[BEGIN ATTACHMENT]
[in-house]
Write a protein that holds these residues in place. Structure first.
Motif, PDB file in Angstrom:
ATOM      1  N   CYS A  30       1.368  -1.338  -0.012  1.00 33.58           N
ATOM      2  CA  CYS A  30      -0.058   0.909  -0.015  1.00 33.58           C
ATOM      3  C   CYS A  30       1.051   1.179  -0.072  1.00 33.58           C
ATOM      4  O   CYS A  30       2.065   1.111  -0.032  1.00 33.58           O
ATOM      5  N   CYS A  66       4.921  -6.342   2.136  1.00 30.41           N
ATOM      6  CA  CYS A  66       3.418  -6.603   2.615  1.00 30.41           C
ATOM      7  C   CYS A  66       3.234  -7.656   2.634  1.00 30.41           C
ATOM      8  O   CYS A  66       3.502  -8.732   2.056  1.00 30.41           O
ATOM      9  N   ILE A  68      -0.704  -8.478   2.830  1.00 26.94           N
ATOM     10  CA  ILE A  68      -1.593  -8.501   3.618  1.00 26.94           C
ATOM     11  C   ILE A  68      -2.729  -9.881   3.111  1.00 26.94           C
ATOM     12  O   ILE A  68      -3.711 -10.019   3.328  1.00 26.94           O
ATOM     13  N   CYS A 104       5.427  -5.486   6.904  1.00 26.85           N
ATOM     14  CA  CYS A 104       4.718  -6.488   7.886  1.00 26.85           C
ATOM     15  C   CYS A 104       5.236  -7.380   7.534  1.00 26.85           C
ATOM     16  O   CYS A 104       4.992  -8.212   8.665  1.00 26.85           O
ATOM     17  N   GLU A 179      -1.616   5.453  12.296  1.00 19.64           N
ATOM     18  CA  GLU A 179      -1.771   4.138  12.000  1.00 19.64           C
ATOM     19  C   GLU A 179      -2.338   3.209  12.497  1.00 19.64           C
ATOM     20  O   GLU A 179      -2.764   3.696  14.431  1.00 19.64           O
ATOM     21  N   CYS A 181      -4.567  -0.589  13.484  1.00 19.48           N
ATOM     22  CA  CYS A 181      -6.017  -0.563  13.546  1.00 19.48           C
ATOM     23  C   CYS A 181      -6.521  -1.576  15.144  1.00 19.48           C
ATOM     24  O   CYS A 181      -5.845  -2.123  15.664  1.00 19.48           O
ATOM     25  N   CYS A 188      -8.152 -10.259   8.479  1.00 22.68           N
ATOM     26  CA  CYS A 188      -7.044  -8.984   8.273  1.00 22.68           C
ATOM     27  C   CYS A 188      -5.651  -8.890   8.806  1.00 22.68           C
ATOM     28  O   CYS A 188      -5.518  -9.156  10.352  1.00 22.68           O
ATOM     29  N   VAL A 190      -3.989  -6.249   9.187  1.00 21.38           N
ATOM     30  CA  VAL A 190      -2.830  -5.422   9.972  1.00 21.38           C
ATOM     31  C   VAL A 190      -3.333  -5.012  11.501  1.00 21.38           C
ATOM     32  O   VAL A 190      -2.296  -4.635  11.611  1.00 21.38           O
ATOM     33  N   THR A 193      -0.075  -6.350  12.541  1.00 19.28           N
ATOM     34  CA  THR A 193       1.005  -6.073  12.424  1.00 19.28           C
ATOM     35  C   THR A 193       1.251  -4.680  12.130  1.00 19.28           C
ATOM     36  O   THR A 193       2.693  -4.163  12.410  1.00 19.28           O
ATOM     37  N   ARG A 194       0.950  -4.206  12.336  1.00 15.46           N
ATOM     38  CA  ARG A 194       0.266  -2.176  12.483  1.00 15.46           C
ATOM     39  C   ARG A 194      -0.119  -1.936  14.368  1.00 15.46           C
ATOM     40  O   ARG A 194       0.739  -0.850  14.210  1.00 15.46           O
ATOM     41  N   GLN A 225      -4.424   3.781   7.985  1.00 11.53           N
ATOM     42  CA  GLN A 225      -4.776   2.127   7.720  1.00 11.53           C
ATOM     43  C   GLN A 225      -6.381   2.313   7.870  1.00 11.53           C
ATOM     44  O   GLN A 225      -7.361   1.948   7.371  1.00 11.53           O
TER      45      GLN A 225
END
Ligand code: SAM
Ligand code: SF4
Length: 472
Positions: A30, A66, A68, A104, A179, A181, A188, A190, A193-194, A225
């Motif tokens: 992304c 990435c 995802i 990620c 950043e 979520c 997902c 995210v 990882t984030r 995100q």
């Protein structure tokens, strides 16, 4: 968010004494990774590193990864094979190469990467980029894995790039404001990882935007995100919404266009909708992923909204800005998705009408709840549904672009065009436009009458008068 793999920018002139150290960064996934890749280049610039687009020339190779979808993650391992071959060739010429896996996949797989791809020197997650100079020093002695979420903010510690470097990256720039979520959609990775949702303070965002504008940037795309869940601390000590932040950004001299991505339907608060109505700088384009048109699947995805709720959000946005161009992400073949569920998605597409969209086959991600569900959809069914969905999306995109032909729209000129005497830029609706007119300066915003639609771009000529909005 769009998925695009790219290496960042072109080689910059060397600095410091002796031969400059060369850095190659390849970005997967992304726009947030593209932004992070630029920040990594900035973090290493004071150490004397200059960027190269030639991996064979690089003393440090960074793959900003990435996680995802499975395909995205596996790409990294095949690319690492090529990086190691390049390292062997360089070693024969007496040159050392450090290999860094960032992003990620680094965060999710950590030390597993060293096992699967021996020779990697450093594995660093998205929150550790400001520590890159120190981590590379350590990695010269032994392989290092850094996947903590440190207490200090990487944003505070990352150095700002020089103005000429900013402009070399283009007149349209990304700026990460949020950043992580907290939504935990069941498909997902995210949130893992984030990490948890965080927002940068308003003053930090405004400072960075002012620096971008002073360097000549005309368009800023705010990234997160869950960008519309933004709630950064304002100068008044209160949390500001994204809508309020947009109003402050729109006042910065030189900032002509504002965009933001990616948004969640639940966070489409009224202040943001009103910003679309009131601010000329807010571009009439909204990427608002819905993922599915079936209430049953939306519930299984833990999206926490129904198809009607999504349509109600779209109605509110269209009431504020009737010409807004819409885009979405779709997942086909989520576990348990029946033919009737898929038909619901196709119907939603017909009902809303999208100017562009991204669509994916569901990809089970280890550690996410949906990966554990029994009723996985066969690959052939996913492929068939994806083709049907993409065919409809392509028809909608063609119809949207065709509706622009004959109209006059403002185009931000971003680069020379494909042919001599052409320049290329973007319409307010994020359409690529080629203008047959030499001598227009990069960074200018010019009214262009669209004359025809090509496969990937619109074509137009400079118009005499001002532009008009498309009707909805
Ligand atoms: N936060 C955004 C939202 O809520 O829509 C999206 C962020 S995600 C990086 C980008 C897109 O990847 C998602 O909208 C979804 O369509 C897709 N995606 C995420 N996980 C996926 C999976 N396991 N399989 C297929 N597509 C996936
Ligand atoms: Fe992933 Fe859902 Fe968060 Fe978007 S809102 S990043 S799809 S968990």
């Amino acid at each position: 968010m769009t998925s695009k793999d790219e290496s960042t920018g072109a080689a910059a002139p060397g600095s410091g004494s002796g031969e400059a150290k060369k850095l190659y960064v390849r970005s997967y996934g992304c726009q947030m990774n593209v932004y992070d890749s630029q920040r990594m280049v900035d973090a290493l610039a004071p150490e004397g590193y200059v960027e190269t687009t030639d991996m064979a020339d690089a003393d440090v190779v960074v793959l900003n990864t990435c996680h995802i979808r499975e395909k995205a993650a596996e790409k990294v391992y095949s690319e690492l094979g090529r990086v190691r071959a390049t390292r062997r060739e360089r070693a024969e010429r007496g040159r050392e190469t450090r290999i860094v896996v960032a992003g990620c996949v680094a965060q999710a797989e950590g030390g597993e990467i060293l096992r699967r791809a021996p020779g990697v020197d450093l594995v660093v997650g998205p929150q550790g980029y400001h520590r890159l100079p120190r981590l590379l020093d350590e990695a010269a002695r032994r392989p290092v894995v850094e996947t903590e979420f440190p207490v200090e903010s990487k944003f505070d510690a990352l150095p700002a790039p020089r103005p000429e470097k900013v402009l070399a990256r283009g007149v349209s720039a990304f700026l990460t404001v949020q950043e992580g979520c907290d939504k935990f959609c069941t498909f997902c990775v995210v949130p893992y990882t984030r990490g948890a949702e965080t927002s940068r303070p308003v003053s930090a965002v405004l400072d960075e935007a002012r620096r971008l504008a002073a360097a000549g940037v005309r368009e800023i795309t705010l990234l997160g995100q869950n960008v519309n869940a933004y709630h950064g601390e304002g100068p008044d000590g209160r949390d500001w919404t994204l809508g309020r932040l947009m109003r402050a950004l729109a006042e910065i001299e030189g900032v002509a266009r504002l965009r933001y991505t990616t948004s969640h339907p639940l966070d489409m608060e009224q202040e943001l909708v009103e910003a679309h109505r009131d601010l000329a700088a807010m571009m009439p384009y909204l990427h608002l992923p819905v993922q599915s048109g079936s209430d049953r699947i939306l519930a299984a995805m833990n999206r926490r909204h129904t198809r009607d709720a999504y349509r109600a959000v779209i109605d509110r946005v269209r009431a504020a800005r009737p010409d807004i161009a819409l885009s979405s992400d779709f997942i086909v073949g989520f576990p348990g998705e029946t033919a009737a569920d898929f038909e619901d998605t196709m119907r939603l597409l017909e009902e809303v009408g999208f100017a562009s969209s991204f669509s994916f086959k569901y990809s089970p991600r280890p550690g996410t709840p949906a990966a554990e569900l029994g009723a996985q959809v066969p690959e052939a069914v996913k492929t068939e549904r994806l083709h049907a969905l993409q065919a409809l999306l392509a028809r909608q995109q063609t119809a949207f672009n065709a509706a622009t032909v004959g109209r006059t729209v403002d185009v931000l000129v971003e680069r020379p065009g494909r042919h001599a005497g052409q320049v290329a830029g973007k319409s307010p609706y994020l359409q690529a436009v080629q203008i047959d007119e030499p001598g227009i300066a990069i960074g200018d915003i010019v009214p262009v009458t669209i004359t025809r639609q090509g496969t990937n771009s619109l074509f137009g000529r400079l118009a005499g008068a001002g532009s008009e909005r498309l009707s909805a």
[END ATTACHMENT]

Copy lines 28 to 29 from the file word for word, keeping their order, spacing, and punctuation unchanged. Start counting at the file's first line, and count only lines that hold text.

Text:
ATOM     25  N   CYS A 188      -8.152 -10.259   8.479  1.00 22.68           N
ATOM     26  CA  CYS A 188      -7.044  -8.984   8.273  1.00 22.68           C